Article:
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Leroy Sibbles Now You're Gone
Megaton 1979 Soul Syndicate rhythm, the workings of Wayne Jarrett's Brimstone And Fire, put down in Jamaica, dubbed-up in the Bronx with deadly syndrums, synths, signature reverbed metal percussion. Raw soul.



KC White Selasi I
Sweet mellow roots from the man named after Kingston College, with some total classics under his belt from JA No No No, Anywhere But Nowhere before becoming a Wackies stalwart in NYC.





Hugh Mundell Run Revolution A Come
Stunning thriller from the monumental Africa Must Be Free LP, never out on seven before, plus masterful dub. Such a great singer, shot dead at twenty-one during an argument about a stolen food-mixer.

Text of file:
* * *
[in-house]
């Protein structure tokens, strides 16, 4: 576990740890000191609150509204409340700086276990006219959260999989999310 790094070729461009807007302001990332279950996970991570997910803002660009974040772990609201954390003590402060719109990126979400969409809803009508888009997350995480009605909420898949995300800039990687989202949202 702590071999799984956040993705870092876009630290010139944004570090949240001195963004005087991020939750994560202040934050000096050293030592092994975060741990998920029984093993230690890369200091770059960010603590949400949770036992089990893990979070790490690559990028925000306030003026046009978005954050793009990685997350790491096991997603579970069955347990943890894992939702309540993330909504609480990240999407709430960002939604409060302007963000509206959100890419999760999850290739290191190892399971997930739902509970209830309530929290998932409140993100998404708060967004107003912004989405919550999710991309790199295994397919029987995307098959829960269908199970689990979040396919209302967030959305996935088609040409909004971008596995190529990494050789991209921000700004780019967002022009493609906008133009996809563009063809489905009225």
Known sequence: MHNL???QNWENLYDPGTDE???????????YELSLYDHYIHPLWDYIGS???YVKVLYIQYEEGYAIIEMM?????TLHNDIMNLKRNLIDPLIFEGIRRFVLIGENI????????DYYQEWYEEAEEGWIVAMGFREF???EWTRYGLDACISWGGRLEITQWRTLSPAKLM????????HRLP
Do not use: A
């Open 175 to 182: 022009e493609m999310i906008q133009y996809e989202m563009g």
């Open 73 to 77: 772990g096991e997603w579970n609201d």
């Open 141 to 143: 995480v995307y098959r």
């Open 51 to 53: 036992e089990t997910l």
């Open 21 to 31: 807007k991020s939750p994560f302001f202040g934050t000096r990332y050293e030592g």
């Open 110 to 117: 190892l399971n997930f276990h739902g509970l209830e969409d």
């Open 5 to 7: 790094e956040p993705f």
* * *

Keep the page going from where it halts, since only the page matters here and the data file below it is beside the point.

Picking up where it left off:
Delroy Williams Three Men In A Truck Back
Sombre, compelling reasoning about imprisonment, never before out on seven. Jah Bull loses the thread but vibes the mic on the flip.



Ruffy And Tuffy Harm No One
Good advice, beautifully delivered by the pair who had appeared as pre-teens ten years earlier in the film Rockers. Later known as Bitter Roots.



Yami Bolo Struggle In Babylon
Sick, ace, digi variation of Horace's Problems from 1990, with a brilliant dub.
Lloyd Hemmings on back-up.



Delroy Williams Think Twice
Run this alongside that Tubbys mix of No Entry out recently.






Nigger Kojak Penitentiary
Showcase-style, also featuring Barrington Levy, Jah Thomas, Delton Screechie... and the dub.



Jackie Opel Turn To The Almighty
Serious-minded ska from Justin Yap's Top Deck in 1965, sprinkled with a little Jackie Wilson-style pizazz. Hard-swinging jazz on the flip, with Roland Alphonso and Joshua Rosen rocking them one by one.



Dawn Penn Why Did You Lie?
Plaintive, lovely Duke Reid pop from 1967, with a nice Tommy McCook on the other side.